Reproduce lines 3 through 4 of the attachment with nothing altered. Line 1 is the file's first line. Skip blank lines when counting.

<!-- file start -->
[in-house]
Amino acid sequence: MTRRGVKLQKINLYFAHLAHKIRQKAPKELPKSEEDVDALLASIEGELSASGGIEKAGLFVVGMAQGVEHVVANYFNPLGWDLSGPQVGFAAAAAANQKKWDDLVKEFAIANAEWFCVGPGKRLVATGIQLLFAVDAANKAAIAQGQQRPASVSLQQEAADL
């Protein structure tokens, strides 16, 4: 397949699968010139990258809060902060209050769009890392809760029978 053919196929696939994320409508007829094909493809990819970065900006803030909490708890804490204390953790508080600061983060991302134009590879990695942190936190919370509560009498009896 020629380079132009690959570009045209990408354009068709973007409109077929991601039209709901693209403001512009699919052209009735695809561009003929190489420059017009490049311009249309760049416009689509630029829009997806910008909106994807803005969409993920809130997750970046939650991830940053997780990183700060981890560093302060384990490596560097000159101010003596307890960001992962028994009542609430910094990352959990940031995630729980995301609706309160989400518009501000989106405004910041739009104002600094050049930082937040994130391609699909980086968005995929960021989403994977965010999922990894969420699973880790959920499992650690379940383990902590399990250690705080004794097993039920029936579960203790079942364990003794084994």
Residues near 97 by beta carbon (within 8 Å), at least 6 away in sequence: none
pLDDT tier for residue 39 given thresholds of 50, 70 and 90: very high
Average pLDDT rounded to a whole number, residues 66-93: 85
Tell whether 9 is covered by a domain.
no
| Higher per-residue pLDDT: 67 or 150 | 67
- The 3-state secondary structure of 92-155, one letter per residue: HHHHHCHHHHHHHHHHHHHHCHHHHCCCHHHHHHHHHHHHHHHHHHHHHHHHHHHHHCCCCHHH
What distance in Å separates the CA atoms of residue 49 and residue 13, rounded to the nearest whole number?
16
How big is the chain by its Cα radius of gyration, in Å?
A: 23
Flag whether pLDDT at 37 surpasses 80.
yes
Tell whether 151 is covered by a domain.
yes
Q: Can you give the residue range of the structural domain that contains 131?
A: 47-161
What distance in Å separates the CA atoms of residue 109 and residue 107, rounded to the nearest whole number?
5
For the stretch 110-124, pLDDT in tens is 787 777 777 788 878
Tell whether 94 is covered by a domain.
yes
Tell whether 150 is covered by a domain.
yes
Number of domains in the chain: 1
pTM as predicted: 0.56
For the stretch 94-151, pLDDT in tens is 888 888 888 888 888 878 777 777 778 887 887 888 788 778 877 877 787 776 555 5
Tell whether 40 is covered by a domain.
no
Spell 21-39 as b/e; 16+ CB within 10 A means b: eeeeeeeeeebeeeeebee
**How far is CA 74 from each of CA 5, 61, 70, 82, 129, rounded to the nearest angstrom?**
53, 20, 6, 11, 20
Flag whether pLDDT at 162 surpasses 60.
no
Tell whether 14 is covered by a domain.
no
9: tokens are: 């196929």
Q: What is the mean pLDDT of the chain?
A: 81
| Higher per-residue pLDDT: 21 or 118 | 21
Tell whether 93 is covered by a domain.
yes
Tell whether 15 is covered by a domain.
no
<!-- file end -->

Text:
């Protein structure tokens, strides 16, 4: 397949699968010139990258809060902060209050769009890392809760029978 053919196929696939994320409508007829094909493809990819970065900006803030909490708890804490204390953790508080600061983060991302134009590879990695942190936190919370509560009498009896 020629380079132009690959570009045209990408354009068709973007409109077929991601039209709901693209403001512009699919052209009735695809561009003929190489420059017009490049311009249309760049416009689509630029829009997806910008909106994807803005969409993920809130997750970046939650991830940053997780990183700060981890560093302060384990490596560097000159101010003596307890960001992962028994009542609430910094990352959990940031995630729980995301609706309160989400518009501000989106405004910041739009104002600094050049930082937040994130391609699909980086968005995929960021989403994977965010999922990894969420699973880790959920499992650690379940383990902590399990250690705080004794097993039920029936579960203790079942364990003794084994």
Residues near 97 by beta carbon (within 8 Å), at least 6 away in sequence: none